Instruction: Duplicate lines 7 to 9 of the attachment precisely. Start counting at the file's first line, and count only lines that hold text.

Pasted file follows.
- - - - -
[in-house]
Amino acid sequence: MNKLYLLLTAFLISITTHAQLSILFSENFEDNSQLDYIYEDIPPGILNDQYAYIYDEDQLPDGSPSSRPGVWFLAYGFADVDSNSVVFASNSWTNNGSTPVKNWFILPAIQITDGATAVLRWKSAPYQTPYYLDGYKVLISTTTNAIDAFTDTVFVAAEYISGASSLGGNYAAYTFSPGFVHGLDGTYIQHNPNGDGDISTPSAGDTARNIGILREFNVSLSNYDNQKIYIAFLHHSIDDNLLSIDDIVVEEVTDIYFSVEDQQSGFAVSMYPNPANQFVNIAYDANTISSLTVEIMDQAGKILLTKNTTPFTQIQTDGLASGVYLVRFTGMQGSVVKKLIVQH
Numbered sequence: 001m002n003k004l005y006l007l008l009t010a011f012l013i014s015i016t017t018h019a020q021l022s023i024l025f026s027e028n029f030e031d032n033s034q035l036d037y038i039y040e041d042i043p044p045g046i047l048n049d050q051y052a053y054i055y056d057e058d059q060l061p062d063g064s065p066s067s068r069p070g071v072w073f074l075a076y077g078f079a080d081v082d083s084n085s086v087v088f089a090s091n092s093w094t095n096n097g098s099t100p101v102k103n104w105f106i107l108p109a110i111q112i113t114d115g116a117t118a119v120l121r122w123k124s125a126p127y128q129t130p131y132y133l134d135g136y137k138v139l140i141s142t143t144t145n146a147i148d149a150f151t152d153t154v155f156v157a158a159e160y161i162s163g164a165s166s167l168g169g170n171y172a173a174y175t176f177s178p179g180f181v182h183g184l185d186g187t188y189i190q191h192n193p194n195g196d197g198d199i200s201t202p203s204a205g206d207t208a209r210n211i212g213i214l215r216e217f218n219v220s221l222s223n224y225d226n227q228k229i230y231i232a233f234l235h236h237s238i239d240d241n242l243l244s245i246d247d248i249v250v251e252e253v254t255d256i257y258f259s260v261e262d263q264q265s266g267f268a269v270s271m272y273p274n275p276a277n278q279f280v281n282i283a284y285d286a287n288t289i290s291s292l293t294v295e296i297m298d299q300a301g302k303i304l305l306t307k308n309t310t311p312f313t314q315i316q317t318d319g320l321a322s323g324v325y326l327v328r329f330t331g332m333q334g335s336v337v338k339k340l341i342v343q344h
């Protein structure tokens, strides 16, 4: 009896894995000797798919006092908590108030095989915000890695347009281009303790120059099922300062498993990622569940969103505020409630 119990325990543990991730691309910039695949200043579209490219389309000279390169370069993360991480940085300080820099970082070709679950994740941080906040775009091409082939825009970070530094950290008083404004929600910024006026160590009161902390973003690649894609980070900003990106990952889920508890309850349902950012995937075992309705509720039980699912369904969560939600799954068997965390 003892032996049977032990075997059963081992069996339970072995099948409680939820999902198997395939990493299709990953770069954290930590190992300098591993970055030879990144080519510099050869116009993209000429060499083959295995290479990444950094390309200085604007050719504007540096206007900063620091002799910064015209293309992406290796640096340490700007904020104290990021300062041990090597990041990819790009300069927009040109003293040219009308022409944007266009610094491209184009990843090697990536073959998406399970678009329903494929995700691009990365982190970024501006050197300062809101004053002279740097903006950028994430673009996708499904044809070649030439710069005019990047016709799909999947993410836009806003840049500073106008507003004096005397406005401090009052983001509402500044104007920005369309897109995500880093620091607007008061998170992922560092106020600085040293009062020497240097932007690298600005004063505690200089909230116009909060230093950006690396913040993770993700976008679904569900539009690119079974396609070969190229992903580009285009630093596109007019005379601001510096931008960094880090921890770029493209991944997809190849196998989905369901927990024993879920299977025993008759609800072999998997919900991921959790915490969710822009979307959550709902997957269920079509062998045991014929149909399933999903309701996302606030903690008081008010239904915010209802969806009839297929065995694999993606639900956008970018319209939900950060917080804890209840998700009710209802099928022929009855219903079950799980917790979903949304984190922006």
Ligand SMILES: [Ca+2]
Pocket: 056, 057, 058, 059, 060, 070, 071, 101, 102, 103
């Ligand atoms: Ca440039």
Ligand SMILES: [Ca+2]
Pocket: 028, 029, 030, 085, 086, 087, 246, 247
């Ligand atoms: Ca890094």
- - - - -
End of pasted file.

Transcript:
């Ligand atoms: Ca440039």
Ligand SMILES: [Ca+2]
Pocket: 028, 029, 030, 085, 086, 087, 246, 247